Wednesday, 16 June 2010

Hayao Miyazaki: Nausiaa of the Valley of Wind

It's been a while. Actually I first read Richard Dawkins's The Greatest Show on Earth, but since I'm not used to writing about non-fiction and can't really think of anything much to say about it except "I like, I like", I will skip it.

So, Nausicaa of the Valley of the Wind, both the comic and the Studio Ghibli film version adapted by the author. It took me until about the halfway point of the book to really get into it. I was wondering for ages what on earth I was going to write about it. But two things really struck me: the setting and the central character. The setting, a future civilisation that has grown up after a great war (yep, more post-apocalyptica) and is threatened by a growing, insect-infested, poisonous forest, is distinctive enough that it could have spawned its own genre (or sub-genre or sub-sub-genre). The film version both strips down the complex setting and expands on it; various factions and intricacies are omitted to make it all more film-shaped, but it doesn't feel wrong, the way infidelity in adaptations sometimes does. It's just a slightly different version of the same fascinating world.

But it's Nausicaa herself who really interested me. Japanese fiction is full of spirited, idealistic heroins, but Miyazaki's eccentric princess has a sort of anarchic energy that adds a new and interesting facet. Not only does she care deeply about her people and want to protect them, but she chooses to do this by throwing herself at a bunch of heavily armed and armoured soldiers and attacking them with her bare hands. She will fly her glider head-on at an air vessel whose pilot is aiming a machine gun at her, stretching out her arms to make herself into an easy target and entrusting her life to the gunner's (potentially non-existent) compassion. She's an idealist who is not the slightest bit intimidated by the harsh reality of soldiers, guns and politics. Rather, she seems to thrive on it. It's this defiant idealism that makes her such a good leader. Similarly, her eccentricity - her habit of talking to insects, for instance - should make her an outsider among her people, but they trust her too much to be put off by eccentricity.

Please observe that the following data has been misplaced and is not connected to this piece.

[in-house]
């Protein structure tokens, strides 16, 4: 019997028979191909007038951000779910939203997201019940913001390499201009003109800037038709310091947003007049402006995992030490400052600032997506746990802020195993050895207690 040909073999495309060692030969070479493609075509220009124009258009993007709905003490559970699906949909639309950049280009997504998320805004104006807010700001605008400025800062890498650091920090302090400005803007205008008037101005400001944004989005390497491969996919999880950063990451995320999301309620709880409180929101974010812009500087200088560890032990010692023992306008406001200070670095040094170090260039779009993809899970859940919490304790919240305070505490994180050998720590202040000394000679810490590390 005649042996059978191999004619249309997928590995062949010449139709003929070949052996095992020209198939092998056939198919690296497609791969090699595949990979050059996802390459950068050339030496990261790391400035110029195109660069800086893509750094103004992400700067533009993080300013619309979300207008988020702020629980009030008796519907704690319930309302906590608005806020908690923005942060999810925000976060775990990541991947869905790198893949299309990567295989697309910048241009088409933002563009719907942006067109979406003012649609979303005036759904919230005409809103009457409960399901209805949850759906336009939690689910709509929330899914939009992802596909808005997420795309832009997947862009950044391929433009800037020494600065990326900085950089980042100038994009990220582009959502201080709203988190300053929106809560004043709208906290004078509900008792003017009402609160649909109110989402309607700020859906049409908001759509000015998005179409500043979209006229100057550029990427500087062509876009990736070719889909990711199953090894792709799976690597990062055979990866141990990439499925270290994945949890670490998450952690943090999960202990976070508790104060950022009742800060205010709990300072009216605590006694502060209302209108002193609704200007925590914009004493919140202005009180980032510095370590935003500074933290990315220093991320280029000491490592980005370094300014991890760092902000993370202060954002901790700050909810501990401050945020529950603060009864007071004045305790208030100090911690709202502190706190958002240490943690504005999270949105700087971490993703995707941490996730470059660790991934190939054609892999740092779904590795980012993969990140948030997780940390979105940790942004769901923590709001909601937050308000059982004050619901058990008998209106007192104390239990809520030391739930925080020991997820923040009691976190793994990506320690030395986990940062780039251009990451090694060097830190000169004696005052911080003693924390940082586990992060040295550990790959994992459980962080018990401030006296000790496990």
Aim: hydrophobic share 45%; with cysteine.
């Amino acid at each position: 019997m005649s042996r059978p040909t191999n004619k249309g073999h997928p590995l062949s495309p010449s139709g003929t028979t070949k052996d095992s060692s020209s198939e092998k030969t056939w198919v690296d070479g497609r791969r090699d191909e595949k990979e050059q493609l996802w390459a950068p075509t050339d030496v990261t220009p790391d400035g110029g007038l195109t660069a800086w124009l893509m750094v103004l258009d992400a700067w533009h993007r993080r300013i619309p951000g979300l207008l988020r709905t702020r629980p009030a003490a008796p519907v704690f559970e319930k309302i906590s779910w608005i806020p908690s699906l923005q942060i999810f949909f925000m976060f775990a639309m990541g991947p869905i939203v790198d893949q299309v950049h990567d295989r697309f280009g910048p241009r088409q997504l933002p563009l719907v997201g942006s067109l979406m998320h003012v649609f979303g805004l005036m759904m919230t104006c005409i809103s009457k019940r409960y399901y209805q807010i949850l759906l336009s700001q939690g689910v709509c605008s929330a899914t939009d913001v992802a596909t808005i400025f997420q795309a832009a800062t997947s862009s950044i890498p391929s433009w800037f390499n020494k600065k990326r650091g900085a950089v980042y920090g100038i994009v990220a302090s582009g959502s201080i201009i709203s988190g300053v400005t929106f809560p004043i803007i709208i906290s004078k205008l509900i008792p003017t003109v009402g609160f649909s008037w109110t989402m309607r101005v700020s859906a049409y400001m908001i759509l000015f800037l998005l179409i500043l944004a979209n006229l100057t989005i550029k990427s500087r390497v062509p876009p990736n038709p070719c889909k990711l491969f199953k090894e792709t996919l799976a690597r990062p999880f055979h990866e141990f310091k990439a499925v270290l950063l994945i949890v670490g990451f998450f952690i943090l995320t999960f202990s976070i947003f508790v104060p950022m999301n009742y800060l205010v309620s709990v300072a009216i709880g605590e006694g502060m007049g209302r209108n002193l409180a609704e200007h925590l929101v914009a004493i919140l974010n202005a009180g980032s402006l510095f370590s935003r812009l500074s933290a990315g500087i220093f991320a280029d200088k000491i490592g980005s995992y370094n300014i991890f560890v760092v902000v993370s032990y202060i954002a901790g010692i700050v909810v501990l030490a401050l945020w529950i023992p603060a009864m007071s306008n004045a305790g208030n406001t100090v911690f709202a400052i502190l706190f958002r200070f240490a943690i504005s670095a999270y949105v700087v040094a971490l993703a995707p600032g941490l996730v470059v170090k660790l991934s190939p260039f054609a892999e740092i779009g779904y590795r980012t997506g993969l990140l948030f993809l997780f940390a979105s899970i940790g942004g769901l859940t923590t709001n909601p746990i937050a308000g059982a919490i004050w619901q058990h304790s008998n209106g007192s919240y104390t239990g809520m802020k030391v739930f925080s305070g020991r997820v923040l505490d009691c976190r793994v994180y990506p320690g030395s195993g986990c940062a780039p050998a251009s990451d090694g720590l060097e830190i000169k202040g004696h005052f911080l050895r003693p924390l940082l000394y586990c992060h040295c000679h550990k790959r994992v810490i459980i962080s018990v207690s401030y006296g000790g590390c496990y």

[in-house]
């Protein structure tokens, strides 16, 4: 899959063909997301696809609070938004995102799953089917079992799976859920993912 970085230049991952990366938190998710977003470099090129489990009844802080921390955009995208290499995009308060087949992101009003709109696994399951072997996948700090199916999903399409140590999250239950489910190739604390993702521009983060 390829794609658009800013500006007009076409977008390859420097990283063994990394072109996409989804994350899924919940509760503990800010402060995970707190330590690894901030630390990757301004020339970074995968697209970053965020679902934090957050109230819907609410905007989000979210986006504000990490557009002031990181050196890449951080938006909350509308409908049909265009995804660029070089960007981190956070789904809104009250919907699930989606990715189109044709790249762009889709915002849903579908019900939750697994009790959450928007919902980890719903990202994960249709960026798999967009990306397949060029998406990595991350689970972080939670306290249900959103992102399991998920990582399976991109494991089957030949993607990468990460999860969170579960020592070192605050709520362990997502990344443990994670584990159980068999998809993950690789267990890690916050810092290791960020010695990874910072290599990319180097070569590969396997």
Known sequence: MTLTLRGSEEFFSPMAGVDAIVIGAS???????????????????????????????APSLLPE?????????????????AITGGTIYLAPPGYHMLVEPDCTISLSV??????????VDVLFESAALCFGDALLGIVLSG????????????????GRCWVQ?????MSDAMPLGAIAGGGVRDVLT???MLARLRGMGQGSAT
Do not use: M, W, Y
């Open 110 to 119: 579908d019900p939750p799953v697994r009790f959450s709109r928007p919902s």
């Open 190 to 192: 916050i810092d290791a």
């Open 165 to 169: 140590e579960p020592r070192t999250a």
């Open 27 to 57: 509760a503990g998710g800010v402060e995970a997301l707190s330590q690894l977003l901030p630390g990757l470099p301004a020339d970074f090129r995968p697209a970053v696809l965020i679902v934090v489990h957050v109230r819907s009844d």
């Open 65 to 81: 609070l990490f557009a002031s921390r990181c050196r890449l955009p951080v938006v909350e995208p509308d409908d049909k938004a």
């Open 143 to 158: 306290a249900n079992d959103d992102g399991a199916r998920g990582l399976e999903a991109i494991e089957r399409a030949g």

It's often hard to see a fantasy story as relevant to, y'know, life. That's no bad thing, fantasy is primarily about escapism. But some writers, like Miyazaki, can create a setting or a character that really is relevant. Nausicaa is a sort of role model for idealism and defiance, a model of the odd child who grows up - or rather, doesn't quite grow up - to become a great leader. Maybe it's the naive child in me thinking she really is a role model for our times. And maybe I'll get some car stickers printed: "WWND? What would Nausicaa do?"